Allegations Follow Bishop
By Heather Ziegler
July 10, 2012
WHEELING - Prosecutors in Philadelphia are continuing to review allegations that Bishop Michael J. Bransfield fondled a Catholic high school student in the 1970s, according to a report published Sunday in a Philadelphia newspaper.
Bransfield, a native of Philadelphia, is the leader of the Catholic Diocese of Wheeling-Charleston. He has denied all accusations.
Local diocesan spokesman Bryan Minor said Monday, "Our stance is that this is old news. Even though these are not new allegations against Bishop Bransfield, this story was still published by the (Philadelphia) Inquirer.
"Regardless of what news is reported or repeated in this matter, the diocese asks the community to please pray for our bishop, our diocese, the Archdiocese of Philadelphia and all those affected by sexual abuse in any way," Minor said.
The allegations came to light during a clergy sexual abuse trial involving the Rev. James Brennan held in Philadelphia this spring. In that case, a witness testified that the Archdiocese of Philadelphia priest who allegedly sexually abused him for years starting in the late 1970s had said a colleague, identified as Bransfield, also had sex with teenage boys.
The accuser, identified only as a 48-year-old man, alleged the abuse took place at the Rev. Stanley Gana's farm in northeastern Pennsylvania and at Bransfield's beach house in New Jersey. Gana and Bransfield are former colleagues.
The testimony came at the trial of Brennan, who was accused in a 1996 child-sex assault.
Bransfield is not charged with any crimes in the case and has never been charged with sexually abusing children. Diocesan officials said the bishop stands by his original response to the allegations.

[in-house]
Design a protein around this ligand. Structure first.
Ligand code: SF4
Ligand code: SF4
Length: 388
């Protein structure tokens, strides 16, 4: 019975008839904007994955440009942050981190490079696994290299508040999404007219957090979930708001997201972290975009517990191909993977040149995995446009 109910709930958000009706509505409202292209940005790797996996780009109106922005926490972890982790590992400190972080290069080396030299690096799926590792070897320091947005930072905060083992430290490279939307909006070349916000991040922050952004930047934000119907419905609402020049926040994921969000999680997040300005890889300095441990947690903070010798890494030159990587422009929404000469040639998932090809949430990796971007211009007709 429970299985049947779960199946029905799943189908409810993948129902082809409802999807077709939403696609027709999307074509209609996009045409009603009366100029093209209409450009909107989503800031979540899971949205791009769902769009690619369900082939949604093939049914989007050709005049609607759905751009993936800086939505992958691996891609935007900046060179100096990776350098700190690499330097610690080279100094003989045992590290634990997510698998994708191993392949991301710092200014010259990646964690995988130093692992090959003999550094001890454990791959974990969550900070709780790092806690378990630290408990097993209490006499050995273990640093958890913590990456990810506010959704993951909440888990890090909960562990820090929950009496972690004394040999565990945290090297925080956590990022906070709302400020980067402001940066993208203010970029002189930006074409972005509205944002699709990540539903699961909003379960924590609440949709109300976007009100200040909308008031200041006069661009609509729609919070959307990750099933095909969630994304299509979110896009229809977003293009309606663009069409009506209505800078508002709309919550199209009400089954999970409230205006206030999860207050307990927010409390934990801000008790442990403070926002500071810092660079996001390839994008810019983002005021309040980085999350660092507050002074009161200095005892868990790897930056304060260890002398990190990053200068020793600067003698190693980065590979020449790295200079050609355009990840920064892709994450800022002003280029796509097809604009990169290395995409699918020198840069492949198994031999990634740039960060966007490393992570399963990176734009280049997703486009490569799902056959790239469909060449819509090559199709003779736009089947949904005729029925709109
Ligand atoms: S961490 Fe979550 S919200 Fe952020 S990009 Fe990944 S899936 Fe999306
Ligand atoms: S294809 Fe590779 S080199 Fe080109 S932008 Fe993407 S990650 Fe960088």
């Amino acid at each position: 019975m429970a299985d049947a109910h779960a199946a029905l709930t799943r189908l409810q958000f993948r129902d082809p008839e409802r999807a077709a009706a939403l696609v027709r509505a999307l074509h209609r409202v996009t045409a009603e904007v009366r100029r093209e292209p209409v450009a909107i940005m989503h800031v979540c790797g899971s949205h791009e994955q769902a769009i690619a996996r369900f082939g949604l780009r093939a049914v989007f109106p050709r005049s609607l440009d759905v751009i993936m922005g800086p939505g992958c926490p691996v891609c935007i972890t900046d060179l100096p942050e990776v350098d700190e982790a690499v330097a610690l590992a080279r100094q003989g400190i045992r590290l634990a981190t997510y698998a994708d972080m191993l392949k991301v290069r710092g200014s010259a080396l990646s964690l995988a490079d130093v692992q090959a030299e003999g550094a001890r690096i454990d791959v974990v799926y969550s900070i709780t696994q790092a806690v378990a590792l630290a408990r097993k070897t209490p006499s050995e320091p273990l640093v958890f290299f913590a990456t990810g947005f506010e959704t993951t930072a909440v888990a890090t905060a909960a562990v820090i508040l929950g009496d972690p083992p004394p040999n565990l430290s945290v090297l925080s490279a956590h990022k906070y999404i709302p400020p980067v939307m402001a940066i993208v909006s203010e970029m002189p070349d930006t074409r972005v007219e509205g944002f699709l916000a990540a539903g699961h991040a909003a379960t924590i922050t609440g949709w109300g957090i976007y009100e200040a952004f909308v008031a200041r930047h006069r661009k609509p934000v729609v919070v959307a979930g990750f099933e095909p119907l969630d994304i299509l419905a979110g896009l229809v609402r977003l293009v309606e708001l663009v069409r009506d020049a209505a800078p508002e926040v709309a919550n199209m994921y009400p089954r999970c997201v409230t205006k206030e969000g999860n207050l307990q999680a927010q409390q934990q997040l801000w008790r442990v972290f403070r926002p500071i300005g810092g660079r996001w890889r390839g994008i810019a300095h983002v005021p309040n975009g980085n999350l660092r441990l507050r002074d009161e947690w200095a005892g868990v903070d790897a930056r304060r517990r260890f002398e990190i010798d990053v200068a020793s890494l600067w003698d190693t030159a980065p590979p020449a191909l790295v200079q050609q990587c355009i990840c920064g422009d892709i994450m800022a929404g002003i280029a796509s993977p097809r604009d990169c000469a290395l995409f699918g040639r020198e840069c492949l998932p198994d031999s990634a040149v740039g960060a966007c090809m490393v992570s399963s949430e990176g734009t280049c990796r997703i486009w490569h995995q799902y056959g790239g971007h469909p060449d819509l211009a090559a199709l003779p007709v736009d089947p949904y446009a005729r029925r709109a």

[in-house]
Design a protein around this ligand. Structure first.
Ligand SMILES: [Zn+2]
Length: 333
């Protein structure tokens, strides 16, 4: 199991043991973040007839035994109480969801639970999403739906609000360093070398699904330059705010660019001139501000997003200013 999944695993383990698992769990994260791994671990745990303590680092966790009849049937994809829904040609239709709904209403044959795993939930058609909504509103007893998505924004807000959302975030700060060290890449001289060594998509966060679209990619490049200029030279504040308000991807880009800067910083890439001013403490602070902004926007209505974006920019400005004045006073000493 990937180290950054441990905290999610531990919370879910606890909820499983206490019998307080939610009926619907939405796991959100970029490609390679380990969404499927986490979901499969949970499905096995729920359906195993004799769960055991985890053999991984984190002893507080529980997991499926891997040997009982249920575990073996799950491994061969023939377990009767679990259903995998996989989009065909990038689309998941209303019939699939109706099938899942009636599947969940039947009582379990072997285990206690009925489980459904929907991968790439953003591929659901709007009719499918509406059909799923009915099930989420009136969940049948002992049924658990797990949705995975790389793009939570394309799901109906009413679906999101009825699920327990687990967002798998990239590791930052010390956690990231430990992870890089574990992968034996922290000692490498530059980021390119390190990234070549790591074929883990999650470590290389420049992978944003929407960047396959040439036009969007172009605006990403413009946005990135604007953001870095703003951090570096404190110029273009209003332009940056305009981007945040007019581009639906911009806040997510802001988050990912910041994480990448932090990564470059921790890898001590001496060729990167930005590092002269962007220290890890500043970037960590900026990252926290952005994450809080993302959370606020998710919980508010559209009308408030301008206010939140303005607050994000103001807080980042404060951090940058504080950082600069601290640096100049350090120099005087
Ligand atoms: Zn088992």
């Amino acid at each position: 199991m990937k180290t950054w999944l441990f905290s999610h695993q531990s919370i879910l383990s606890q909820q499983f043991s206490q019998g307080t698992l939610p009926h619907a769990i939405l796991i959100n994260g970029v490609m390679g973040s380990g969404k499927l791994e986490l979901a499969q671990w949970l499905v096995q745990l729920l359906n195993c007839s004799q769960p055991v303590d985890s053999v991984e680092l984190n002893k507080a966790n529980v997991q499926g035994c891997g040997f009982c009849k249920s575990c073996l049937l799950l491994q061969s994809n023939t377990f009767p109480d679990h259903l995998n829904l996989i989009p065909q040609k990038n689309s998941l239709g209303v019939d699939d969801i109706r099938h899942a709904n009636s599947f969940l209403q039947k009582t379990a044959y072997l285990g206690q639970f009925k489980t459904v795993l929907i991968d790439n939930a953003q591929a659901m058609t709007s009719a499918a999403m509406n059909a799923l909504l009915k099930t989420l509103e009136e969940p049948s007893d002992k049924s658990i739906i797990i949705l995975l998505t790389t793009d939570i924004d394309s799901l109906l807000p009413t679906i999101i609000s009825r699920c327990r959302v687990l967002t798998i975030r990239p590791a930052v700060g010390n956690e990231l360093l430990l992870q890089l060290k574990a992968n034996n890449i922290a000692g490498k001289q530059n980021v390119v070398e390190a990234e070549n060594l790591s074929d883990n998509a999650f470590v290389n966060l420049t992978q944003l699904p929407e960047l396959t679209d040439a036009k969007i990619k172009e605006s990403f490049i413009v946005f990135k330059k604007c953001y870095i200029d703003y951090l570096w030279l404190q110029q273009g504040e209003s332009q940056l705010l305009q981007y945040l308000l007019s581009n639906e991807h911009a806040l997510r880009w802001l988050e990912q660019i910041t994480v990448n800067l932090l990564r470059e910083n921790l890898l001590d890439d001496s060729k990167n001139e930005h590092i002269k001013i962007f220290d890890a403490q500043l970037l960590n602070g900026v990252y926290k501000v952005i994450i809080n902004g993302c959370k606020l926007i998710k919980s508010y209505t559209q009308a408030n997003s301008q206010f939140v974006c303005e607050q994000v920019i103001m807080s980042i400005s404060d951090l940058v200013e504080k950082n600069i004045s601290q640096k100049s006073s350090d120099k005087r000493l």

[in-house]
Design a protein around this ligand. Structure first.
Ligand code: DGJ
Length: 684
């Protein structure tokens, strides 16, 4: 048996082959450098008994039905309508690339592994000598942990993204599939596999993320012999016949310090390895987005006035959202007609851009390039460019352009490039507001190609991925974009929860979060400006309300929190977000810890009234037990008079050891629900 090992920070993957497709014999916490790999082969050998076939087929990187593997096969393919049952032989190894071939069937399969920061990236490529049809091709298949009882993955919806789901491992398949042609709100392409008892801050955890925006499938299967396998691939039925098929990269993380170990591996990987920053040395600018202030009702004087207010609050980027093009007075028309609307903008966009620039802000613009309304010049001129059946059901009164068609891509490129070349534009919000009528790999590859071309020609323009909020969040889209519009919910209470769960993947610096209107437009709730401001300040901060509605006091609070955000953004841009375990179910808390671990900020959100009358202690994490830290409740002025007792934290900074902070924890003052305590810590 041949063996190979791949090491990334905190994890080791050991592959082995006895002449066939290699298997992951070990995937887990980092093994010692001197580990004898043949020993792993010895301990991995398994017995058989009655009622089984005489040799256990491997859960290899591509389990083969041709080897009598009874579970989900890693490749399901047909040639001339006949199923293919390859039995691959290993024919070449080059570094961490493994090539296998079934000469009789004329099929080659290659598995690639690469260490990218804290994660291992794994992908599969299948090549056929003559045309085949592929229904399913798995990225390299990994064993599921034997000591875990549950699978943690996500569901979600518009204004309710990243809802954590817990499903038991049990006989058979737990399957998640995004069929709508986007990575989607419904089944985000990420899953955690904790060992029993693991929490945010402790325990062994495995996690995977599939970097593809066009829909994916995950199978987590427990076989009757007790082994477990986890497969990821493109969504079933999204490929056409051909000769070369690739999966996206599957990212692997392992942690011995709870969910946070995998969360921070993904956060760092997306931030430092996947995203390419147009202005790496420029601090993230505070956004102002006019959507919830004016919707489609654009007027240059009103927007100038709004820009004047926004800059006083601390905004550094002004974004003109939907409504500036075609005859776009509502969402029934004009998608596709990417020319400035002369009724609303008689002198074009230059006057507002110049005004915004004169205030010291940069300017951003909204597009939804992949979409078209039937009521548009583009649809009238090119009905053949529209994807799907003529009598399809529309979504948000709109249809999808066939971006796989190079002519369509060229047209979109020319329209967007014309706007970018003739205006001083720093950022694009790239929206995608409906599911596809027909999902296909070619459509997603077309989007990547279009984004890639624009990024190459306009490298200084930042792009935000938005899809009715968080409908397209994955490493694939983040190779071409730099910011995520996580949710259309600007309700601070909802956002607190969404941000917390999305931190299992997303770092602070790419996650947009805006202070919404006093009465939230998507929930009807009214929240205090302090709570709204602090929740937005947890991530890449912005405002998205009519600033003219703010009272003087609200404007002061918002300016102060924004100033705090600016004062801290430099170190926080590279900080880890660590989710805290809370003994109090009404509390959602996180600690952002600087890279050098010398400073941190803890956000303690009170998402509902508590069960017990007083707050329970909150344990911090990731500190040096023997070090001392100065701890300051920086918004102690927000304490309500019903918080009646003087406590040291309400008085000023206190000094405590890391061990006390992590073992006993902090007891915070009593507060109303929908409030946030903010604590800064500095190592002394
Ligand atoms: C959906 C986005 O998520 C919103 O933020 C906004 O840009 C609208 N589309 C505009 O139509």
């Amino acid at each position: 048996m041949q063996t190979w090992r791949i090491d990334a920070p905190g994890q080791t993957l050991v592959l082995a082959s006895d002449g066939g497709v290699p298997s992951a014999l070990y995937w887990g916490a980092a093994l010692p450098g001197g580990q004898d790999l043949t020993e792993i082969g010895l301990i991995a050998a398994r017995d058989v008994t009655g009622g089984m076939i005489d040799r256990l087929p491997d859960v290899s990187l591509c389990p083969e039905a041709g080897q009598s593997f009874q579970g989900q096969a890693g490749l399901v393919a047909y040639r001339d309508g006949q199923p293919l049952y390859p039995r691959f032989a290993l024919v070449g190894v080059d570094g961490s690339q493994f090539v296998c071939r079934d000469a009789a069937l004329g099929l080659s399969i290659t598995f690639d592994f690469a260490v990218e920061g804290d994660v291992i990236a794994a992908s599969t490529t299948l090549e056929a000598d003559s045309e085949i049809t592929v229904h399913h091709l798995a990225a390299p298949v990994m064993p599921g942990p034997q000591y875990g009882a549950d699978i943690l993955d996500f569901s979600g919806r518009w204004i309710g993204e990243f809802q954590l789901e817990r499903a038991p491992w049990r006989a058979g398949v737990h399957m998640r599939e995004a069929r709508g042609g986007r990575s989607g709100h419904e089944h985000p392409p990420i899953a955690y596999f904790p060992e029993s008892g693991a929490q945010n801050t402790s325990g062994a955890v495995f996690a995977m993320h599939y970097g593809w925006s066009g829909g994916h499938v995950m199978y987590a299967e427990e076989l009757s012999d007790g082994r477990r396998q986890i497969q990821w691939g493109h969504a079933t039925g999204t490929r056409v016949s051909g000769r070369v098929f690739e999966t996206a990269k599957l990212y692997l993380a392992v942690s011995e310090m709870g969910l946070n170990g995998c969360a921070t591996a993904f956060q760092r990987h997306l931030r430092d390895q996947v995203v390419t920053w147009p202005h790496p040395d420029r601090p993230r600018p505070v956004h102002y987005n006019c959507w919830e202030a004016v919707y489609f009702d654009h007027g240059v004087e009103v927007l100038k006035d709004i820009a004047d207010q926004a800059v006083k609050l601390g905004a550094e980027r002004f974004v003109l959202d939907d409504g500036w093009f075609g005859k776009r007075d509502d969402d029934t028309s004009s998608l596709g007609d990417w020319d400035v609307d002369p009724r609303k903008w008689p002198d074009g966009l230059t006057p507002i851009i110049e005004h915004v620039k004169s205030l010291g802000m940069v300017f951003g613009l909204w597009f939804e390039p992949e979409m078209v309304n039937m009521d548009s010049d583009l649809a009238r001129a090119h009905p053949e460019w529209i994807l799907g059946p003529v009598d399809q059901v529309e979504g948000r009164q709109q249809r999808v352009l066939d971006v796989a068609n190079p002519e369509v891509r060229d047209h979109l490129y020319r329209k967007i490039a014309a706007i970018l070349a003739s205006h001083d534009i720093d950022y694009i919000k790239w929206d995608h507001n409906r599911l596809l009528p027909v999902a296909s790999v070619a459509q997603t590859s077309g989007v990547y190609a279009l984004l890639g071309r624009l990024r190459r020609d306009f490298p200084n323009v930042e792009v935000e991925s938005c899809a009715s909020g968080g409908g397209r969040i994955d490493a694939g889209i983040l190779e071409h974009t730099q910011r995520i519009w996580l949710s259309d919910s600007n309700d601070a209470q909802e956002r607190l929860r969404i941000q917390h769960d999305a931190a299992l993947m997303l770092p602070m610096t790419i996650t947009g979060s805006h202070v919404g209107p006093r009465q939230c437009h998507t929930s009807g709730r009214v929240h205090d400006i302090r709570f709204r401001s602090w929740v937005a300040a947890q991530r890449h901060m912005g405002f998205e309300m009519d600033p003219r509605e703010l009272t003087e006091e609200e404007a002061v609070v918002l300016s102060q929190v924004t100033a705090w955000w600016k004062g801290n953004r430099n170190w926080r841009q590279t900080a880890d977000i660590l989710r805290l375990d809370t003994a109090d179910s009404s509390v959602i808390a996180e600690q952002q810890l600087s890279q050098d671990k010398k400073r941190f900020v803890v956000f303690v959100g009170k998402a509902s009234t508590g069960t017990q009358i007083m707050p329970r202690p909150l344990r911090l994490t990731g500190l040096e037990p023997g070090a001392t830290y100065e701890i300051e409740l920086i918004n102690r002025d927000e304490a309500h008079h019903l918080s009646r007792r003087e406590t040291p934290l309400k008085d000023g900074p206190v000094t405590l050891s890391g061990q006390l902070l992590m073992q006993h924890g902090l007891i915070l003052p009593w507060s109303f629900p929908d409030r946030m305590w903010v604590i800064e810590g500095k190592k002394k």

"I have been deeply saddened by the priest child abuse scandal that has been connected to a handful of my former colleagues and friends from St. Charles Seminary. Over the years, I have felt devastation for both the victims and the church as I learned about the terrible actions they took with innocent victims," Bransfield said.
"To now be unfairly included in that group and to hear the horrific allegations that are being made of me is unbelievable and shocking. As a native of Roxboro, I consider Philadelphia my home. I have openly been an advocate for the eradication of the abusive behavior of priests in every diocese, and have demonstrated this in the Diocese of Wheeling-Charleston, where I now live and serve," Bransfield said. "I have never sexually abused anyone."
Monsignor Kevin Quirk of Wheeling, a canon lawyer who presided over Brennan's 2008 church trial, took the stand in Brennan's criminal trial in Philadelphia. Quirk, an aide to Bransfield, detailed allegations that Brennan sexually assaulted a 14-year-old during a 1996 sleepover at the priest's apartment.
A jury later deadlocked in attempting a decision in Brennan's trial. Prosecutors have not indicated whether they will retry the case.
Meanwhile, Monsignor William Lynn, Brennan's co-defendant, was found guilty last month on child endangering charges. He faces sentencing on July 24 and could receive three and a half to seven years in prison.
Lynn is the first senior official of the Roman Catholic Church in the United States convicted of covering up sexual abuses by priests under his supervision.